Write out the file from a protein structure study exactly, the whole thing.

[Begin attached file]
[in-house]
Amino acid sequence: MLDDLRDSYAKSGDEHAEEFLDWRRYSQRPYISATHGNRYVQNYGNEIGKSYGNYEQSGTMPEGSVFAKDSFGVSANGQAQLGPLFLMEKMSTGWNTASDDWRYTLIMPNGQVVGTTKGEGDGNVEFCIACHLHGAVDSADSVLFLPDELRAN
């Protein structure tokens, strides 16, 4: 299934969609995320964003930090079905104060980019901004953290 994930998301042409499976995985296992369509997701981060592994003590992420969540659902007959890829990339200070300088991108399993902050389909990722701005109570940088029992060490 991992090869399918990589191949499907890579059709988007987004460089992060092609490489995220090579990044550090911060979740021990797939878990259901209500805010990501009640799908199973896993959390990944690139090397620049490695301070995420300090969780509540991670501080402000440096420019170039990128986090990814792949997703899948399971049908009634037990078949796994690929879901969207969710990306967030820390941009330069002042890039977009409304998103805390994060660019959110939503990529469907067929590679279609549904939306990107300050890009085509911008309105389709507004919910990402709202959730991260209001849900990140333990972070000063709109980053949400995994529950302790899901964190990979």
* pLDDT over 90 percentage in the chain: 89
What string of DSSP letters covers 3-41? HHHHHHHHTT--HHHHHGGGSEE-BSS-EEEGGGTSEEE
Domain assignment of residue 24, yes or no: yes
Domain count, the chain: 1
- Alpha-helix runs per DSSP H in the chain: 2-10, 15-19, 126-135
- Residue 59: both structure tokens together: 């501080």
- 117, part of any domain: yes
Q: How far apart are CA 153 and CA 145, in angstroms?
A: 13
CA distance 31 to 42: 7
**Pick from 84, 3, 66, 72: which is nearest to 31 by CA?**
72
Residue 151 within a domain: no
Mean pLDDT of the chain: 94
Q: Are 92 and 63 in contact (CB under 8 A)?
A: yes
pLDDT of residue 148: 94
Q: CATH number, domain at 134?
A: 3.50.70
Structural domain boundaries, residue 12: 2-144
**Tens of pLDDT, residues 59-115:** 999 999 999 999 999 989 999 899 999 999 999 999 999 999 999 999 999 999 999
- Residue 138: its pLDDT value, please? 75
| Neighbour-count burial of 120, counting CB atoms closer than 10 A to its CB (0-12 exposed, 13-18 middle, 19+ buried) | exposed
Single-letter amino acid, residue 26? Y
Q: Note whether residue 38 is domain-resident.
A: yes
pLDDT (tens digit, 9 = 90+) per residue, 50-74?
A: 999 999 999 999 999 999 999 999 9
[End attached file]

[in-house]
Amino acid sequence: MLDDLRDSYAKSGDEHAEEFLDWRRYSQRPYISATHGNRYVQNYGNEIGKSYGNYEQSGTMPEGSVFAKDSFGVSANGQAQLGPLFLMEKMSTGWNTASDDWRYTLIMPNGQVVGTTKGEGDGNVEFCIACHLHGAVDSADSVLFLPDELRAN
């Protein structure tokens, strides 16, 4: 299934969609995320964003930090079905104060980019901004953290 994930998301042409499976995985296992369509997701981060592994003590992420969540659902007959890829990339200070300088991108399993902050389909990722701005109570940088029992060490 991992090869399918990589191949499907890579059709988007987004460089992060092609490489995220090579990044550090911060979740021990797939878990259901209500805010990501009640799908199973896993959390990944690139090397620049490695301070995420300090969780509540991670501080402000440096420019170039990128986090990814792949997703899948399971049908009634037990078949796994690929879901969207969710990306967030820390941009330069002042890039977009409304998103805390994060660019959110939503990529469907067929590679279609549904939306990107300050890009085509911008309105389709507004919910990402709202959730991260209001849900990140333990972070000063709109980053949400995994529950302790899901964190990979």
* pLDDT over 90 percentage in the chain: 89
What string of DSSP letters covers 3-41? HHHHHHHHTT--HHHHHGGGSEE-BSS-EEEGGGTSEEE
Domain assignment of residue 24, yes or no: yes
Domain count, the chain: 1
- Alpha-helix runs per DSSP H in the chain: 2-10, 15-19, 126-135
- Residue 59: both structure tokens together: 């501080």
- 117, part of any domain: yes
Q: How far apart are CA 153 and CA 145, in angstroms?
A: 13
CA distance 31 to 42: 7
**Pick from 84, 3, 66, 72: which is nearest to 31 by CA?**
72
Residue 151 within a domain: no
Mean pLDDT of the chain: 94
Q: Are 92 and 63 in contact (CB under 8 A)?
A: yes
pLDDT of residue 148: 94
Q: CATH number, domain at 134?
A: 3.50.70
Structural domain boundaries, residue 12: 2-144
**Tens of pLDDT, residues 59-115:** 999 999 999 999 999 989 999 899 999 999 999 999 999 999 999 999 999 999 999
- Residue 138: its pLDDT value, please? 75
| Neighbour-count burial of 120, counting CB atoms closer than 10 A to its CB (0-12 exposed, 13-18 middle, 19+ buried) | exposed
Single-letter amino acid, residue 26? Y
Q: Note whether residue 38 is domain-resident.
A: yes
pLDDT (tens digit, 9 = 90+) per residue, 50-74?
A: 999 999 999 999 999 999 999 999 9